The Signal is a great looking film that tries to be many things and falls short in most of those categories.
The first few minutes are great — a young boy tries to win a toy from one of those claw machines when Nic Eastman (played by Brenton Thwaites) approaches on his crutches to help. It is a nice introduction of Nicâ€™s character before he meets up with his best friend Jonah (Super 8â€™s Beau Knapp) and his girlfriend Haley, played by Olivia Cooke. The three embark on a road trip to get Haley to Caltech, where she plans to spend the next year.
On the way, Nic and Jonah realize they may have discovered the location of a notorious hacker named Nomad, who caused them significant trouble at MIT, and decide to make a detour to teach him a lesson. What exactly they plan to do when they find him is uncertain, but off they go. This whole first act takes a mumblecore approach before suddenly channeling Paranormal Activity when the boys discover a derelict old house that they think might be the headquarters of Nomad.
Suddenly, Nic finds himself incarcerated in a sterile government facility where scientists wear anti-contamination suits. The scientists meander about in complete silence with the exception of Dr. Damon, played by Laurence Fishburne. When heâ€™s not being questioned or tested by Dr. Damon, Nic is kept in isolation. As time goes by and more is revealed, less becomes explainable, and the science fiction elements grow far more pronounced. Eventually, Nic manages to find his friends and escape the facility, but the outside world has become just as perplexing and askew.
Much of the credit for many of the filmâ€™s high points can be attributed to the unique eye of cinematographer David Lanzenberg, whose lush composition delivers many elements that make The Signal a far more pleasurable viewing experience than it would have been otherwise. Despite some of the more frustrating moments where found footage and shaky-cam techniques are employed in an effort to build tension, the overall visual landscape of the film does give viewers some quality for the price of a ticket.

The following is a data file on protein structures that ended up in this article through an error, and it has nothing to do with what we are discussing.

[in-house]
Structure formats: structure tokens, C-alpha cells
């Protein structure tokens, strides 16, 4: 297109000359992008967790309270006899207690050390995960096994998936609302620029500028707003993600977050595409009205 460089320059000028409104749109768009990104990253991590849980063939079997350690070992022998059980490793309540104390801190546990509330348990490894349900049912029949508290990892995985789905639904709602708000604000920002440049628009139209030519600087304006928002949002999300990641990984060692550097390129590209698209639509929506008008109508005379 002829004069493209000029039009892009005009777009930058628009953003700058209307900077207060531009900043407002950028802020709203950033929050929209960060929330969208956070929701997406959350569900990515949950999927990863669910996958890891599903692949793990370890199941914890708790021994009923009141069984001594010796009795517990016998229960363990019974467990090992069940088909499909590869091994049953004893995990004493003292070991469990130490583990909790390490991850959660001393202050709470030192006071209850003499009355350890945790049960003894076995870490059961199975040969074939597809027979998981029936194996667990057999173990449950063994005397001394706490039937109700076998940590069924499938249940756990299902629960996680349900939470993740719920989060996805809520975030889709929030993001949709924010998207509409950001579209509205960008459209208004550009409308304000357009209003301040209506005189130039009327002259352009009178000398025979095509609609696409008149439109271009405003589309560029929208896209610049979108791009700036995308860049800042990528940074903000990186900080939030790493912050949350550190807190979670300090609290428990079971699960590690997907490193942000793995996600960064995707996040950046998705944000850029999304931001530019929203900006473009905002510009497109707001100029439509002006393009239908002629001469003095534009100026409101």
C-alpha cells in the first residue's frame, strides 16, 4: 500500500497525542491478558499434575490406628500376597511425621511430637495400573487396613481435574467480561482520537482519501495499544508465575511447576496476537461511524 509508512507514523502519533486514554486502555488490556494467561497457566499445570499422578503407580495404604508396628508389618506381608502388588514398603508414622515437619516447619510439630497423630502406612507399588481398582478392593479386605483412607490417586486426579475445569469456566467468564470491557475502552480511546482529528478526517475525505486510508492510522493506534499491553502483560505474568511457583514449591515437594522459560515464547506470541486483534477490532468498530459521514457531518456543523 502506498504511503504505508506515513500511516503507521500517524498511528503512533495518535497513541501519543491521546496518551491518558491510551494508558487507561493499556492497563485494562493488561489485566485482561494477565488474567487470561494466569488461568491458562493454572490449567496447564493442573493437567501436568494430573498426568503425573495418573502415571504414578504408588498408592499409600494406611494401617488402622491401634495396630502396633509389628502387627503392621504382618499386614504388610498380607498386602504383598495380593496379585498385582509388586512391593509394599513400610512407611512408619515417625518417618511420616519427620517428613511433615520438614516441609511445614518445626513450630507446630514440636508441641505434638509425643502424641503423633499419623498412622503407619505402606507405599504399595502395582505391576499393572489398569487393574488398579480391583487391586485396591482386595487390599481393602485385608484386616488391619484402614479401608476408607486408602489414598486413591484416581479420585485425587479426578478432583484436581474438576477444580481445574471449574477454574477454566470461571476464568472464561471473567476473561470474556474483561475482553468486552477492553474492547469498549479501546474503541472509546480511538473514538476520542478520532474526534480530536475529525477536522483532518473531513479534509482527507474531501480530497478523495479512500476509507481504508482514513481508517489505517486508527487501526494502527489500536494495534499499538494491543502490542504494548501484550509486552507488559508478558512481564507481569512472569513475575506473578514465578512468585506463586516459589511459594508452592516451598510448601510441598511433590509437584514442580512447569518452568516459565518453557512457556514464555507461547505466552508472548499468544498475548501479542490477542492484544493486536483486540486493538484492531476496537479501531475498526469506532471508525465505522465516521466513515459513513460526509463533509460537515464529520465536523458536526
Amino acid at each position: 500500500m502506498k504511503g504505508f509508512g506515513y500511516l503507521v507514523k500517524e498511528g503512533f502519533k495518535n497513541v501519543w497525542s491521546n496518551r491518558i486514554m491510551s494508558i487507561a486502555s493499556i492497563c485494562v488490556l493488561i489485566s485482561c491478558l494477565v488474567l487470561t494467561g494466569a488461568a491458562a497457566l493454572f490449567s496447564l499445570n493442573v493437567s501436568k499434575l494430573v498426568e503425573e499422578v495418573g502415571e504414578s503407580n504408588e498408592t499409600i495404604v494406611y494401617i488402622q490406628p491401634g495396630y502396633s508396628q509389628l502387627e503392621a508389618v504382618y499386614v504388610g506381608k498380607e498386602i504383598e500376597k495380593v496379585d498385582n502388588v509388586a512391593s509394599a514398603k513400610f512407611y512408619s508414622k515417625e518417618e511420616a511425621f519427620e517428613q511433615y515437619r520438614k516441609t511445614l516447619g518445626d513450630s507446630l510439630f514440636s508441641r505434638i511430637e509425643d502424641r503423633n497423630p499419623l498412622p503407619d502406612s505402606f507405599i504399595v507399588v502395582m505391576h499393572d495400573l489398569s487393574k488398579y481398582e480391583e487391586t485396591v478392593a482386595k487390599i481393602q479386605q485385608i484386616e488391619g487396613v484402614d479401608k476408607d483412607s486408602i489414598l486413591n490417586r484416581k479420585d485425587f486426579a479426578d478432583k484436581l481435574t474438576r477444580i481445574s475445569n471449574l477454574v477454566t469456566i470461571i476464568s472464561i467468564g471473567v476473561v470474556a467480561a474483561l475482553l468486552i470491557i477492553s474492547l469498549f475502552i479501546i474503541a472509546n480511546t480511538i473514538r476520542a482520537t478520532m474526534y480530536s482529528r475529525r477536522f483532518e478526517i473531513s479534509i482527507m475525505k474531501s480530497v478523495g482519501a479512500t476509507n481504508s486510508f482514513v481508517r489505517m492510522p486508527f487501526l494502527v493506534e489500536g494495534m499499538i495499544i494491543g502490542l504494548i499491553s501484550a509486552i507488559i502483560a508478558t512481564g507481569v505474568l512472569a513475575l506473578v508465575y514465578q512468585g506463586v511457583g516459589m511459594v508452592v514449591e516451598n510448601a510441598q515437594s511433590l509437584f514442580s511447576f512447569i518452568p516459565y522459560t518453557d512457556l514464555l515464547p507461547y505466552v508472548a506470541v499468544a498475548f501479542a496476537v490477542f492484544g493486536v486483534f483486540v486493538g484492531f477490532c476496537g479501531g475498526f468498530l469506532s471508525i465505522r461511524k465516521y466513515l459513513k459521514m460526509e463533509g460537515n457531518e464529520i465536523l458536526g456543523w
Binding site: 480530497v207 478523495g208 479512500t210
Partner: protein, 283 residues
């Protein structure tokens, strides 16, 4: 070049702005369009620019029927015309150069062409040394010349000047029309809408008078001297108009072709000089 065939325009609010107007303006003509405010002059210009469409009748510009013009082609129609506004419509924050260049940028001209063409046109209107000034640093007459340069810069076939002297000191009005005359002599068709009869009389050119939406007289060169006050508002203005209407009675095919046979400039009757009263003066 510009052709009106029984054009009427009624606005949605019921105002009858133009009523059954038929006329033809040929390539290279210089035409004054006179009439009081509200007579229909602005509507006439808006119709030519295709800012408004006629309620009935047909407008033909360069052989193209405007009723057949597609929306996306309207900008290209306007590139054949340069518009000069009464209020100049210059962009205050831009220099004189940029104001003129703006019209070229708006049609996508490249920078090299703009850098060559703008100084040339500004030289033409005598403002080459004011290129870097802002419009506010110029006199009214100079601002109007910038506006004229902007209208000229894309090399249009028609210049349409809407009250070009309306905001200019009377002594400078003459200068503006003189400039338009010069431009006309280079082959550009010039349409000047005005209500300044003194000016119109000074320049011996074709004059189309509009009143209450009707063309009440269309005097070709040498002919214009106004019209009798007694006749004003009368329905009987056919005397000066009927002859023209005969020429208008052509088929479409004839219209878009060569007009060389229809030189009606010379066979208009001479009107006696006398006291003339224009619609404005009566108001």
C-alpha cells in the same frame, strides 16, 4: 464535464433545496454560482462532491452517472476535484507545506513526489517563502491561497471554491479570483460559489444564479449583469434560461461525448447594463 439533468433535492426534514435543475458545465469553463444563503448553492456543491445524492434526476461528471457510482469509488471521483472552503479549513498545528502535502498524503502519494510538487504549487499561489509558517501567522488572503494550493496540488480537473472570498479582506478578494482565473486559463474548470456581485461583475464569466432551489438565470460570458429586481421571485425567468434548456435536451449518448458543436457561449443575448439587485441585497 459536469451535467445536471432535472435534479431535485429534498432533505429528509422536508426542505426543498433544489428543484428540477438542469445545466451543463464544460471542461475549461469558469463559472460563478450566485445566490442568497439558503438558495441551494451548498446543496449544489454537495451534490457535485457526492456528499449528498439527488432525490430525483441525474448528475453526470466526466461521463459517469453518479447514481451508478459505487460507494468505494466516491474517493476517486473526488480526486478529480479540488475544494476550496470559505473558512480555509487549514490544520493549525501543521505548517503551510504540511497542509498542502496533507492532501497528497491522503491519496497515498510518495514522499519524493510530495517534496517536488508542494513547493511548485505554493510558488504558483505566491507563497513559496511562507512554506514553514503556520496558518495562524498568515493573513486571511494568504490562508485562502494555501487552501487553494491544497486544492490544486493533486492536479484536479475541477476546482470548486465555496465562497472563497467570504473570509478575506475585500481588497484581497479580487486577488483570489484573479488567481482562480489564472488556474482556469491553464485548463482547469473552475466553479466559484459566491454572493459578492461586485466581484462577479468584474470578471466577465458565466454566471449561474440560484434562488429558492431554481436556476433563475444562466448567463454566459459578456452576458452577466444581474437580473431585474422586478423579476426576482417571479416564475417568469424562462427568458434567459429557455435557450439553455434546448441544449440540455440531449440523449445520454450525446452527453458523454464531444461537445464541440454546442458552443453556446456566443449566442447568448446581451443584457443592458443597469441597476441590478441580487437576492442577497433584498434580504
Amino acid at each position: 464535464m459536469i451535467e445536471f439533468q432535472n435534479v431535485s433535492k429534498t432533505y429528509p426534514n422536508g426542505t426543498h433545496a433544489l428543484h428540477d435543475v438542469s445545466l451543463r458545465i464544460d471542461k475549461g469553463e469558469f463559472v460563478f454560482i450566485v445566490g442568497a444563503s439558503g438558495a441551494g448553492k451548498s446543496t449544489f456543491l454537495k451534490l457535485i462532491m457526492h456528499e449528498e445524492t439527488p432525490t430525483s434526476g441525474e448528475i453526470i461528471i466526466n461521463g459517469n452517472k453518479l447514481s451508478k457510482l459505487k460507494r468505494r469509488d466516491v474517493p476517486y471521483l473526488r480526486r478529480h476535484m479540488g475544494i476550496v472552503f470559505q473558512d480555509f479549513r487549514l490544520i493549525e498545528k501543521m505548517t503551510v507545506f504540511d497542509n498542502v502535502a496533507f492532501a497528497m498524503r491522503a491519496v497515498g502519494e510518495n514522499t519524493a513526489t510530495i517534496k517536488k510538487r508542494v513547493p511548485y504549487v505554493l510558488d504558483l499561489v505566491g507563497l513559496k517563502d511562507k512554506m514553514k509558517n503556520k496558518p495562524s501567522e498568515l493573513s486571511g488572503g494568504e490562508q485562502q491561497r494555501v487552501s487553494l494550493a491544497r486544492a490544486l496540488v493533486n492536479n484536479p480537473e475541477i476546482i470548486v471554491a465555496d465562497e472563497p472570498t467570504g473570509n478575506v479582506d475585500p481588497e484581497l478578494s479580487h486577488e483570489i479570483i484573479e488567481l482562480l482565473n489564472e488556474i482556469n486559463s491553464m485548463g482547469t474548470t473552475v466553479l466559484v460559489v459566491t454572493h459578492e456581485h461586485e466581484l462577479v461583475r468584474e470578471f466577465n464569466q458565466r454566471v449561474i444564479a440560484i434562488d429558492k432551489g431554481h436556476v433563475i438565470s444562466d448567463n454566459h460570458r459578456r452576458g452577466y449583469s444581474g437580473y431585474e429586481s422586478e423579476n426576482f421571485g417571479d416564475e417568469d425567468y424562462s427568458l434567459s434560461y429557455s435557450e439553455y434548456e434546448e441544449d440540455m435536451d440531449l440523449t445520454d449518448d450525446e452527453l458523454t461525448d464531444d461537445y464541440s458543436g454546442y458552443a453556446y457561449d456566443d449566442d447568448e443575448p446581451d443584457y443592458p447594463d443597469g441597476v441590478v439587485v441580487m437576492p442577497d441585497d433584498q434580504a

The acting is quite good as well. Laurence Fishburne seems to be impersonating Laurence Fishburne at times, but at least that is entertaining. His particular brand of ultra-calm demeanor in the face of crisis can slow anyoneâ€™s heart rate to a crawl. Seeing the appearance of great character actor and genre favorite Lin Shaye was also a treat. Finally, the three young leads also do their best to add dimension to their sparsely developed characters — and it’s from there that most of the filmâ€™s problems stem.
There are lots of ideas bandied about, but they are underdeveloped and unsatisfying. The conceit of genre films is that they can work when they lead us into a world where ludicrous ideas seem possible. In The Signal, the genre elements stand out too sharply against the overall naturalistic tone. To make things more difficult, director William Eubank employs some tiresome methods in the attempt to get the audience to relate to his characters. How many times can we cut to flashbacks of better days in slow motion during present-time scenes of conflict? It is all surface — a greeting-card method to get us to care, but with little reflected in the actions of the characters.
When the credits rolled, it was surprising to see that the running time was just over an hour and a half. With all the different genres thrown in, as well as the overuse of silent and slow-motion scenes, the film felt significantly longer. Not boring, just longer. There are some interesting things to see, and those things might even be worth the price of a movie ticket to some people, but ultimately The Signal will leave the audience wishing for a little more to latch onto. Eubank certainly has a talent that’s worth watching out for in future efforts, so long as he has a script that’s more developed.
The Signal opens on Friday, June 13.